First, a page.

Biliary colic

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Biliary colic
Other namesGallstone attack, gallbladder attack
Biliary colic is often related to a stone in the gallbladder
SpecialtyGastroenterology Edit this on Wikidata

Biliary colic, also known as symptomatic cholelithiasis, a gallbladder attack or gallstone attack, is when a colic (sudden pain) occurs due to a gallstone temporarily blocking the cystic duct.[1] Typically, the pain is in the right upper part of the abdomen, and can be severe.[2] Pain usually lasts from 15 minutes to a few hours.[1] Often, it occurs after eating a heavy meal, or during the night.[1] Repeated attacks are common.[3]

Gallstone formation occurs from the precipitation of crystals that aggregate to form stones. The most common form is cholesterol gallstones.[4] Other forms include calcium, bilirubin, pigment, and mixed gallstones.[4] Other conditions that produce similar symptoms include appendicitis, stomach ulcers, pancreatitis, and gastroesophageal reflux disease.[1]

Treatment for gallbladder attacks is typically surgery to remove the gallbladder.[1] This can be either done through small incisions or through a single larger incision.[1] Open surgery through a larger incision is associated with more complications than surgery through small incisions.[5] Surgery is typically done under general anesthesia.[1] In those who are unable to have surgery, medication to try to dissolve the stones or shock wave lithotripsy may be tried.[1] As of 2017, it is not clear whether surgery is indicated for everyone with biliary colic.[5]

In the developed world, 10 to 15% of adults have gallstones.[3] Of those with gallstones, biliary colic occurs in 1 to 4% each year.[3] Nearly 30% of people have further problems related to gallstones in the year following an attack.[3] About 15% of people with biliary colic eventually develop inflammation of the gallbladder if not treated.[3] Other complications include inflammation of the pancreas.[3]

Signs and symptoms[edit]

Pain is the most common presenting symptom. It is usually described as sharp, crampy, dull or severe right upper quadrant pain, which may radiate to the right shoulder, or less commonly, behind the breastbone.[6] Nausea and vomiting can be associated with biliary colic. Individuals may also present with pain that is induced following a fatty meal and the symptom of indigestion. The pain often lasts longer than 30 minutes, up to a few hours.[6] Patients usually have normal vital signs with biliary colic, whereas patients with cholecystitis are usually febrile and more ill appearing. Lab studies that should be ordered include a complete blood count, liver function tests and lipase. In biliary colic, lab findings are usually within normal limits. Alanine aminotransferase and aspartate transaminase are usually suggestive of liver disease whereas elevation of bilirubin and alkaline phosphatase suggests common bile duct obstruction.[7] Pancreatitis should be considered if the lipase value is elevated; gallstone disease is the major cause of pancreatitis.[citation needed]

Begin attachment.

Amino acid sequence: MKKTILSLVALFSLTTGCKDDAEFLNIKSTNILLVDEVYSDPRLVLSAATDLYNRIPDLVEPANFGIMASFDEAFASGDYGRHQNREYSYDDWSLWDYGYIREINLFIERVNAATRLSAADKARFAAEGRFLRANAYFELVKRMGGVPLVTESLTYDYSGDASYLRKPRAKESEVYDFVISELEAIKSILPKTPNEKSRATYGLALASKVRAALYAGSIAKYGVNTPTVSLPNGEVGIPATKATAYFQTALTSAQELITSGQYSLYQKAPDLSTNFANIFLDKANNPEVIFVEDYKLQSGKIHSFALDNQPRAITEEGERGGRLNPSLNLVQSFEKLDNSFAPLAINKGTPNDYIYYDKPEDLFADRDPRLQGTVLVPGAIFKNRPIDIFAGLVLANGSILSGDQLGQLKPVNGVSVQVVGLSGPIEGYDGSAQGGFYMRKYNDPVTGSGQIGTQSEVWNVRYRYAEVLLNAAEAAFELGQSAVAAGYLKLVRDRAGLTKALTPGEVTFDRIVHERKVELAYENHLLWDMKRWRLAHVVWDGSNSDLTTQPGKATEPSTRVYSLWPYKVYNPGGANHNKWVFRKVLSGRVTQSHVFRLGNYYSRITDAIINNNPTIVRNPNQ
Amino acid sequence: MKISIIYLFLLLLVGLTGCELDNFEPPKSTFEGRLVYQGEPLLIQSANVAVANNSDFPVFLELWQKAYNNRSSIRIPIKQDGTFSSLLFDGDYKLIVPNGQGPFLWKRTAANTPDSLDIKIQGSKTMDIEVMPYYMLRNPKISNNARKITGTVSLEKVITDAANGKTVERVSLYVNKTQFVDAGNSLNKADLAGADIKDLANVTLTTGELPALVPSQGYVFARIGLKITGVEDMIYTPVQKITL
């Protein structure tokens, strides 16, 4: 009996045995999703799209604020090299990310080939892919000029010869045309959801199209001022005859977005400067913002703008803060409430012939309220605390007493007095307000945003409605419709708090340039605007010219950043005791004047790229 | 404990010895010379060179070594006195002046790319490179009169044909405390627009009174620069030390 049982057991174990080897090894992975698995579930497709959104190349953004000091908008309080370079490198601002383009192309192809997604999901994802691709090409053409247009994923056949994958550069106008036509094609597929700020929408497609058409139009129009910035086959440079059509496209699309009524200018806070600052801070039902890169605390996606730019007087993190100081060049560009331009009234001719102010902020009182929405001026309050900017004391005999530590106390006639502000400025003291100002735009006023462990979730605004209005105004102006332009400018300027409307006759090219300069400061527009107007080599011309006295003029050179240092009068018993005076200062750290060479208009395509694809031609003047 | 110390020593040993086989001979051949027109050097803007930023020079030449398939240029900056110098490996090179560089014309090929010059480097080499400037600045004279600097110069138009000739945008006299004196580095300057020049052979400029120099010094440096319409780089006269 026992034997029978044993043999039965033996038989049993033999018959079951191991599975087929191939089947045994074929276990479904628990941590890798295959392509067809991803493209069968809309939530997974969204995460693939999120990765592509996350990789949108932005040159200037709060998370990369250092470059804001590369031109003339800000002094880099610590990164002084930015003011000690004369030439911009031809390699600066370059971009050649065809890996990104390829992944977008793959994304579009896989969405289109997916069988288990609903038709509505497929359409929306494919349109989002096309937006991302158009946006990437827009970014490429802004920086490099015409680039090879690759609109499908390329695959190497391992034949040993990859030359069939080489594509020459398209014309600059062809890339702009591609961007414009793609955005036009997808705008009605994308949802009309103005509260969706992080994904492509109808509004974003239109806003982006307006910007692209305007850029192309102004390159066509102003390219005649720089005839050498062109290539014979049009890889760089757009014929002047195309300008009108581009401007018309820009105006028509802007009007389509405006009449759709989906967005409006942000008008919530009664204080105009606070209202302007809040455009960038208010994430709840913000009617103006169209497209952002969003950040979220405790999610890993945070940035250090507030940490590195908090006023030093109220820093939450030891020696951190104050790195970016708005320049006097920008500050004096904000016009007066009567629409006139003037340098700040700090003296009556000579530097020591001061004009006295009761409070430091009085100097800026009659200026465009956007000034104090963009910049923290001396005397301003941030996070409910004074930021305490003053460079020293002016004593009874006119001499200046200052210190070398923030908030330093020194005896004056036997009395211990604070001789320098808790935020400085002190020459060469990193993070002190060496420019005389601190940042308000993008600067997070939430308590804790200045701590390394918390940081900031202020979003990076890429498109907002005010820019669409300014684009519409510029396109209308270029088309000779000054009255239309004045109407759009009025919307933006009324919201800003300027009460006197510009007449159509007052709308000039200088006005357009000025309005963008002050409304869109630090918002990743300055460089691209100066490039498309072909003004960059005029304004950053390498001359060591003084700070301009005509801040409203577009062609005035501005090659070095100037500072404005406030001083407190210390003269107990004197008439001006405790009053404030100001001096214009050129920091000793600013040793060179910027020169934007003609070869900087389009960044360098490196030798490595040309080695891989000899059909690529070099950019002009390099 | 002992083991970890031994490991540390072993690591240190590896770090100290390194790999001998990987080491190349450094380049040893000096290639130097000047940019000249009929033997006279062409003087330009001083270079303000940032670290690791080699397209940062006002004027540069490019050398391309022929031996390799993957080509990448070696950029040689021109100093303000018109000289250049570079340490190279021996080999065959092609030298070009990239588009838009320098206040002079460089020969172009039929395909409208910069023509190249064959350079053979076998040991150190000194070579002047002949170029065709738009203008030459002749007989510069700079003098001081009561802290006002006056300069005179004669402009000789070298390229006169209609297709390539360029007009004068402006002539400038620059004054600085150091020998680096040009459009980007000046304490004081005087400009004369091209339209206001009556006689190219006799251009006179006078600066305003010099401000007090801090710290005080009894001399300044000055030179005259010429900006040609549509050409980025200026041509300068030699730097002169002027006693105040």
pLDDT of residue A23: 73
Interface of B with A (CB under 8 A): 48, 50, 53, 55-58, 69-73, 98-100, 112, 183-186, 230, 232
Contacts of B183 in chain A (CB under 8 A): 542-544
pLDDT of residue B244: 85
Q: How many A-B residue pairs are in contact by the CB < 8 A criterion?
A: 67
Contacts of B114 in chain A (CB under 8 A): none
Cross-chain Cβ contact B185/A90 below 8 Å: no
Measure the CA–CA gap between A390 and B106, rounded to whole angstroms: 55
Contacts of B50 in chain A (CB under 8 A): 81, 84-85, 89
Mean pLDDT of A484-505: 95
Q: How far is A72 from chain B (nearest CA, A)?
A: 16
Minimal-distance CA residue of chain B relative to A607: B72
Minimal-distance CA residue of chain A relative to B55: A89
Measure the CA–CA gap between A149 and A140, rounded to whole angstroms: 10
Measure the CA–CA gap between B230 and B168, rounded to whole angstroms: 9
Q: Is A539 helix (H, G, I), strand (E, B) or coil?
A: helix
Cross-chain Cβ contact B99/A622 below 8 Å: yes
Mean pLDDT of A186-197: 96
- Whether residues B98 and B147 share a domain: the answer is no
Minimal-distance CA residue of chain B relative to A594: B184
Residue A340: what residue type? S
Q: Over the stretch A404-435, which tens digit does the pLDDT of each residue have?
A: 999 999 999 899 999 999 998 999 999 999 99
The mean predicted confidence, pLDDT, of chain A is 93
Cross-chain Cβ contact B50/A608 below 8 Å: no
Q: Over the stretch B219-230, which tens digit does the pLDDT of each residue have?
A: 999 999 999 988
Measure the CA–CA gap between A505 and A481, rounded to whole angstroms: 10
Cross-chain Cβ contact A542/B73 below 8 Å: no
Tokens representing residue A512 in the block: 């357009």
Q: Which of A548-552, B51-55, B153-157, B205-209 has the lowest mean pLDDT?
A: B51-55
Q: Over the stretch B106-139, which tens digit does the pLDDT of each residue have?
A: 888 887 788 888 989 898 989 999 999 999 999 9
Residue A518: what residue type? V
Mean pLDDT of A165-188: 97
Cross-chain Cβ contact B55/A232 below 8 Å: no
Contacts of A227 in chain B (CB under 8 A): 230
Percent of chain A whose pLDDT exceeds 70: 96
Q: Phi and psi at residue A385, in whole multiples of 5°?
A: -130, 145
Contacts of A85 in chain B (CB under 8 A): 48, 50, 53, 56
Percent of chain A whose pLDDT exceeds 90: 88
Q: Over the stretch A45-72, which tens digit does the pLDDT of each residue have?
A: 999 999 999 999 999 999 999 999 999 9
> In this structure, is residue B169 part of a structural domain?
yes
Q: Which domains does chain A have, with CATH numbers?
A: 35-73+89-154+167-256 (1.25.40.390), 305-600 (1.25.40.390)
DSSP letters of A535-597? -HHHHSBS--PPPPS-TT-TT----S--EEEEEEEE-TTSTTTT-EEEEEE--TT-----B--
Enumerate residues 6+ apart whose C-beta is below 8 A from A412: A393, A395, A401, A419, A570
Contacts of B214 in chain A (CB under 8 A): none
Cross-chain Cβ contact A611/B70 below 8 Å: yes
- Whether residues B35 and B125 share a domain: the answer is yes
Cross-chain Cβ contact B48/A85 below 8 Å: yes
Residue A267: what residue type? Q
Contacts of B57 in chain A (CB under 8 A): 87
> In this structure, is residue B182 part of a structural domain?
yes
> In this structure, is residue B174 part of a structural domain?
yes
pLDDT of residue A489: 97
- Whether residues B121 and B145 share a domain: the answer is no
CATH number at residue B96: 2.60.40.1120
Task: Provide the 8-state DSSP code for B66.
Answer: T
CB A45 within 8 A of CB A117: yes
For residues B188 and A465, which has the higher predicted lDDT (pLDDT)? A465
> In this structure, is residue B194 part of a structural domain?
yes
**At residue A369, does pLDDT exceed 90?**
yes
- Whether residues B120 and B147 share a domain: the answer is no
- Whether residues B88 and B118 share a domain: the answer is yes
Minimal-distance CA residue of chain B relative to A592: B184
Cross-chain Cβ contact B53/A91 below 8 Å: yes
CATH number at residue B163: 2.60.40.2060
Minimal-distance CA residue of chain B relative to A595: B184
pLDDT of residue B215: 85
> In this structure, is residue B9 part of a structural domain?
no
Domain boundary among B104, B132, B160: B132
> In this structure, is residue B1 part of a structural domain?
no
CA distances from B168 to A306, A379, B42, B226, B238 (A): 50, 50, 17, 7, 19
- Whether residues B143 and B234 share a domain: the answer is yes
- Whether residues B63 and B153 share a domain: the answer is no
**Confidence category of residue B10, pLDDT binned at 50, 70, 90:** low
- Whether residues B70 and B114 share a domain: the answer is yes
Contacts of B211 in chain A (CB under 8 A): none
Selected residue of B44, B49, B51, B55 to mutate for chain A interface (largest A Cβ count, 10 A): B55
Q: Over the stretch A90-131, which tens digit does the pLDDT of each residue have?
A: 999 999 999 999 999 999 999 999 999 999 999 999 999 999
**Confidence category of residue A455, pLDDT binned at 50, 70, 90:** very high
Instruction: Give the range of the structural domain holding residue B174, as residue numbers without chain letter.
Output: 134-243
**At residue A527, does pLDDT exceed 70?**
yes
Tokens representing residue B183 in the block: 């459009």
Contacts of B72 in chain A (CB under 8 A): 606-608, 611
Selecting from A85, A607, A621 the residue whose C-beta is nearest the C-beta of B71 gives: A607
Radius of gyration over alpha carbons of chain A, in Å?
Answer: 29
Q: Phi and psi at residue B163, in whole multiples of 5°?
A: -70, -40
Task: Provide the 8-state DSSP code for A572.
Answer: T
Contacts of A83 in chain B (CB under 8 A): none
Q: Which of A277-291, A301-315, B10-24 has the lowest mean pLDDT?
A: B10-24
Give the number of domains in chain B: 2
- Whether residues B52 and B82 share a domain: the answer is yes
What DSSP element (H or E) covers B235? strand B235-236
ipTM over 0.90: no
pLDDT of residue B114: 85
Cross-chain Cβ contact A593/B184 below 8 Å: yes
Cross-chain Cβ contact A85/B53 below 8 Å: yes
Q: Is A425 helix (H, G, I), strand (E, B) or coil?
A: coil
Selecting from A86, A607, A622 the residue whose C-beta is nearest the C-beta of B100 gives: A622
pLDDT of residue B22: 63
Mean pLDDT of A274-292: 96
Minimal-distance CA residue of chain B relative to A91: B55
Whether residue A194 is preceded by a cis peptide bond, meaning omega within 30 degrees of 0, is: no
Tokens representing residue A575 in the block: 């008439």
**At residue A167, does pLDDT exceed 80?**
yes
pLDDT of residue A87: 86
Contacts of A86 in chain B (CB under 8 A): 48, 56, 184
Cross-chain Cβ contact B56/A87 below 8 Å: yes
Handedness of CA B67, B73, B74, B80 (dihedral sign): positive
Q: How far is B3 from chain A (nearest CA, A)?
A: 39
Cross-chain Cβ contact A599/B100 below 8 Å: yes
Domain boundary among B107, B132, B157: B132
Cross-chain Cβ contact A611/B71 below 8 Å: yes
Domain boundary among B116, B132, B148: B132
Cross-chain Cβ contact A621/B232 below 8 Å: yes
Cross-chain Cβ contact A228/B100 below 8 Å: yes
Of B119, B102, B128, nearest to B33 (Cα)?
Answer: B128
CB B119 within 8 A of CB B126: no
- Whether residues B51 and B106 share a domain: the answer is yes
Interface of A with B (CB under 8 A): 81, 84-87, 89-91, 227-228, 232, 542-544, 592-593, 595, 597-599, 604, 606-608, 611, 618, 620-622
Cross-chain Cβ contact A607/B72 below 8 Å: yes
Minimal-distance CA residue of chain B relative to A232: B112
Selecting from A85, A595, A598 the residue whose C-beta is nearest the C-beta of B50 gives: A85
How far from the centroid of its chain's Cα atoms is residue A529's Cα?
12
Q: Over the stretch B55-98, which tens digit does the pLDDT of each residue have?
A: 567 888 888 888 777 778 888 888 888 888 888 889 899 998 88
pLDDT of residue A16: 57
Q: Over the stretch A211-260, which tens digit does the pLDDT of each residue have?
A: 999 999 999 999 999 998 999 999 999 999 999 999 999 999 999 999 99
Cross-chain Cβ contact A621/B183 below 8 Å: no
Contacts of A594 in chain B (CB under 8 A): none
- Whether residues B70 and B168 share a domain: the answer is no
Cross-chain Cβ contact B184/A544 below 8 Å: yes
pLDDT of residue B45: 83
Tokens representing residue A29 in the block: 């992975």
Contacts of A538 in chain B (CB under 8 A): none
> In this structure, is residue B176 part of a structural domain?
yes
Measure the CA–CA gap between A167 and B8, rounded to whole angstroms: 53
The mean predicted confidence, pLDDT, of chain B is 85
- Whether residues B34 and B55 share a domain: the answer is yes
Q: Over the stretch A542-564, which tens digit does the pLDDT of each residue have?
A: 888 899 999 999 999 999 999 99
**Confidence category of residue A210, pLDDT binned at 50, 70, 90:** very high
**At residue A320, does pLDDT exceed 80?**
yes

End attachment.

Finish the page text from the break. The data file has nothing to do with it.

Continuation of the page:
The presence of gallstones can lead to inflammation of the gallbladder (cholecystitis) or the biliary tree (cholangitis) or acute inflammation of the pancreas (pancreatitis). Rarely, a gallstone can become impacted in the ileocecal valve that joins the caecum and the ileum, causing gallstone ileus (mechanical ileus).[6]

Complications from delayed surgery include pancreatitis, empyema, and perforation of the gallbladder, cholecystitis, cholangitis, and obstructive jaundice.[8]

Biliary pain in the absence of gallstones, known as postcholecystectomy syndrome, may severely affect the patient's quality of life, even in the absence of disease progression.[9]